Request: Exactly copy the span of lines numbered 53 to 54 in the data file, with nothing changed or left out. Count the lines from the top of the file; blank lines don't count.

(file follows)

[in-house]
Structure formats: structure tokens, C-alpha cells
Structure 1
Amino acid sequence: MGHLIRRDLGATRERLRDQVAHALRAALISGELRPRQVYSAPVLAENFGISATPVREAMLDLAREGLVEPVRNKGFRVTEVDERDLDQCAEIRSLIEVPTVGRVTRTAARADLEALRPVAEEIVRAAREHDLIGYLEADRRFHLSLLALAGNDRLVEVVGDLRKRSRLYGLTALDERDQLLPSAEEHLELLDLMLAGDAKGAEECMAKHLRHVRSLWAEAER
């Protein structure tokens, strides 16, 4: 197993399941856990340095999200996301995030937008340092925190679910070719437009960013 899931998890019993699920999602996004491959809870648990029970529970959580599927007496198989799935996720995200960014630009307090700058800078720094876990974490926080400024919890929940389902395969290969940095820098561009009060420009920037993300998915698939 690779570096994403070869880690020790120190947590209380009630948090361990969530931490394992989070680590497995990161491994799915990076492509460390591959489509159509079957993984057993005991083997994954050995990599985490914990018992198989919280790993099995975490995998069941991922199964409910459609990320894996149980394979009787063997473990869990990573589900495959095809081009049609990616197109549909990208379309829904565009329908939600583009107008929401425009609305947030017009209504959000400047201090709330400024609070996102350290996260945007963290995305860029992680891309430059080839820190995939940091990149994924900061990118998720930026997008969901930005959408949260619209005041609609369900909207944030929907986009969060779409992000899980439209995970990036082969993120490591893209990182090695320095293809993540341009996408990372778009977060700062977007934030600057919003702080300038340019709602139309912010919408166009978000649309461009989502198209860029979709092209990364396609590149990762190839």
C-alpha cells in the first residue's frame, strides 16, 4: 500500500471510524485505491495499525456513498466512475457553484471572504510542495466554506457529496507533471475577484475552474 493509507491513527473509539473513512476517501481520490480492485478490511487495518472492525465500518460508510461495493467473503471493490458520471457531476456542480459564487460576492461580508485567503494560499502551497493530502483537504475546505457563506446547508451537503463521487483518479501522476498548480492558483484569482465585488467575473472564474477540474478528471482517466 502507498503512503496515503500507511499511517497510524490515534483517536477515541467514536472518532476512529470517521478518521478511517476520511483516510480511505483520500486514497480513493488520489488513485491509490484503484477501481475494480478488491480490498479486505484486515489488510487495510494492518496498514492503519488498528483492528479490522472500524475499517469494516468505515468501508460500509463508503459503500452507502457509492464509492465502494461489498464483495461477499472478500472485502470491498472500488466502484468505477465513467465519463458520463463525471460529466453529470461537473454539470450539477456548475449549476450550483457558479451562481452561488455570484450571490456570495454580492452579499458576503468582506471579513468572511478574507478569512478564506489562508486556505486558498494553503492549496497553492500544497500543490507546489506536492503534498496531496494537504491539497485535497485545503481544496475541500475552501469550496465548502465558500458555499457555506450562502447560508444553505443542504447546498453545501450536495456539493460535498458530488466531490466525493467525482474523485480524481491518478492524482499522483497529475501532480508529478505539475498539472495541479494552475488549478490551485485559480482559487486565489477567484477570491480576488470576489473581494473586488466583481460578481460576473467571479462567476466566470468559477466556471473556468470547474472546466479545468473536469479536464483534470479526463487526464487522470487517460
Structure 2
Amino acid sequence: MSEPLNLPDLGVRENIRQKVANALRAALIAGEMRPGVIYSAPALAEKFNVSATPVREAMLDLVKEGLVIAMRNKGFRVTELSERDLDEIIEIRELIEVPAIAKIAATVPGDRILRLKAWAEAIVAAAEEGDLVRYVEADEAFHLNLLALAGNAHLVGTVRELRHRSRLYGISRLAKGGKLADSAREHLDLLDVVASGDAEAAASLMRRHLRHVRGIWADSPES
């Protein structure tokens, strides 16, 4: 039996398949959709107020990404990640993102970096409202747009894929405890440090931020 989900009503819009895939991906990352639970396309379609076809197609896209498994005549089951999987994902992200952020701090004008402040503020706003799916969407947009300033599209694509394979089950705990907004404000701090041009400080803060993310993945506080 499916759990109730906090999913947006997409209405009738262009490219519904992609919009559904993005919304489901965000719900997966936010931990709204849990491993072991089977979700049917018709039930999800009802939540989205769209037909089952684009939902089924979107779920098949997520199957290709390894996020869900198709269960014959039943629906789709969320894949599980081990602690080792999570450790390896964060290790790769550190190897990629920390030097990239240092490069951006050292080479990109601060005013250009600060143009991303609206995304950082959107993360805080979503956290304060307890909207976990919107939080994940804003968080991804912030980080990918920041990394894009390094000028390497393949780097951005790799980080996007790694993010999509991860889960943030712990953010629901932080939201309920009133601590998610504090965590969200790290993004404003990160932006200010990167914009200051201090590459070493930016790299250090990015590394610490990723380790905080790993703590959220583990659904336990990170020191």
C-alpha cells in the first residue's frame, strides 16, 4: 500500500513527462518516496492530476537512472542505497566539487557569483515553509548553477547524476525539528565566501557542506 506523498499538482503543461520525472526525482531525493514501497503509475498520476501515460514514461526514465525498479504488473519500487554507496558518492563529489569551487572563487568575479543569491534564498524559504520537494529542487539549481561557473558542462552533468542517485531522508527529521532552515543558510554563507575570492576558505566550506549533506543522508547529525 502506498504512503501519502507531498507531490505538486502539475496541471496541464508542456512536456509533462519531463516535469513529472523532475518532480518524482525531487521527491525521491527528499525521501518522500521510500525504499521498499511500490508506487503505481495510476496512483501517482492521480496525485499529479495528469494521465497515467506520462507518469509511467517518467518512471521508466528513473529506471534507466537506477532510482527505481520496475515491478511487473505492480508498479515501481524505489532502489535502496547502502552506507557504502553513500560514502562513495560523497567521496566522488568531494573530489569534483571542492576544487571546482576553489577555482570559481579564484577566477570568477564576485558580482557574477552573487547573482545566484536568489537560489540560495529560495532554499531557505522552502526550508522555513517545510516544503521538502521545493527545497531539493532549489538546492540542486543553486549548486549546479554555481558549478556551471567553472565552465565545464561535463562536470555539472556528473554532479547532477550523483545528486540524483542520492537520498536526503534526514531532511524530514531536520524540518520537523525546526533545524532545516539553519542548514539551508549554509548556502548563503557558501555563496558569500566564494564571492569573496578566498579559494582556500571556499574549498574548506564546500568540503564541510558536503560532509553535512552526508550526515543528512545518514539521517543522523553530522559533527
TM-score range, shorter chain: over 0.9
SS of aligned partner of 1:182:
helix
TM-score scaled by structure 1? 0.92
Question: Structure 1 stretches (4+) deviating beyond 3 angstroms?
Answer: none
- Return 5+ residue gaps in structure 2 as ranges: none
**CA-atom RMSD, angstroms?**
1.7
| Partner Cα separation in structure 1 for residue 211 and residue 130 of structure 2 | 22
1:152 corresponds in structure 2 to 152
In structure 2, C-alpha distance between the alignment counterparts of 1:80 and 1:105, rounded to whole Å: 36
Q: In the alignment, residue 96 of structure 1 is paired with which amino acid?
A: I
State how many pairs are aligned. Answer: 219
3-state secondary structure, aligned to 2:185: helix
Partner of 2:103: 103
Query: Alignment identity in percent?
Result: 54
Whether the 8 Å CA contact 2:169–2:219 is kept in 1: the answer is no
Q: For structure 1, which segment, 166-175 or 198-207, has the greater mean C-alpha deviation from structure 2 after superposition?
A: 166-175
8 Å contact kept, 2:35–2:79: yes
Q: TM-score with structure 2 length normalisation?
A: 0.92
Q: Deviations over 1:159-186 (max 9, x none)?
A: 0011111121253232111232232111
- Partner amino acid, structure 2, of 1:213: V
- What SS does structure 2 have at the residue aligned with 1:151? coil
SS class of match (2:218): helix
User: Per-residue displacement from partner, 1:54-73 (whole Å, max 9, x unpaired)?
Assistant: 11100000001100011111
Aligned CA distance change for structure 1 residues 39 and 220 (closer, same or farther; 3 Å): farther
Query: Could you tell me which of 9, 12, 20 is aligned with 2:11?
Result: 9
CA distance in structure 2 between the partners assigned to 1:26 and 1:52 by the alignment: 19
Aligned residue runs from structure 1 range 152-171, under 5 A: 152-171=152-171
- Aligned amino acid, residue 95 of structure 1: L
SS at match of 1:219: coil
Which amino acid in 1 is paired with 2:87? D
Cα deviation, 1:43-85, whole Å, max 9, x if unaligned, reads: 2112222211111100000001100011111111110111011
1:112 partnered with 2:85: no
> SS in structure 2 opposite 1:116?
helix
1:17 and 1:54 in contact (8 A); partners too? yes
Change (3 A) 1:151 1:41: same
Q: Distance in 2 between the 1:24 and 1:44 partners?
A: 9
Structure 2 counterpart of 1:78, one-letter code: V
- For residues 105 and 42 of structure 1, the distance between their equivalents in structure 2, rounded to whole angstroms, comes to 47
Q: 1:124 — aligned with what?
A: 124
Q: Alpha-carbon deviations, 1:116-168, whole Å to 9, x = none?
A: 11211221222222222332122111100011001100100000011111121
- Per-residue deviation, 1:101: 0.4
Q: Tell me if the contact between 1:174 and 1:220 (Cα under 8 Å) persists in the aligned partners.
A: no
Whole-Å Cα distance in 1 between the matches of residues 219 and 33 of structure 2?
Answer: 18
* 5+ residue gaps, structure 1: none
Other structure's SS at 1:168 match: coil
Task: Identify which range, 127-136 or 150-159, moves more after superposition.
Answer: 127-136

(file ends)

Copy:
> SS in structure 2 opposite 1:116?
helix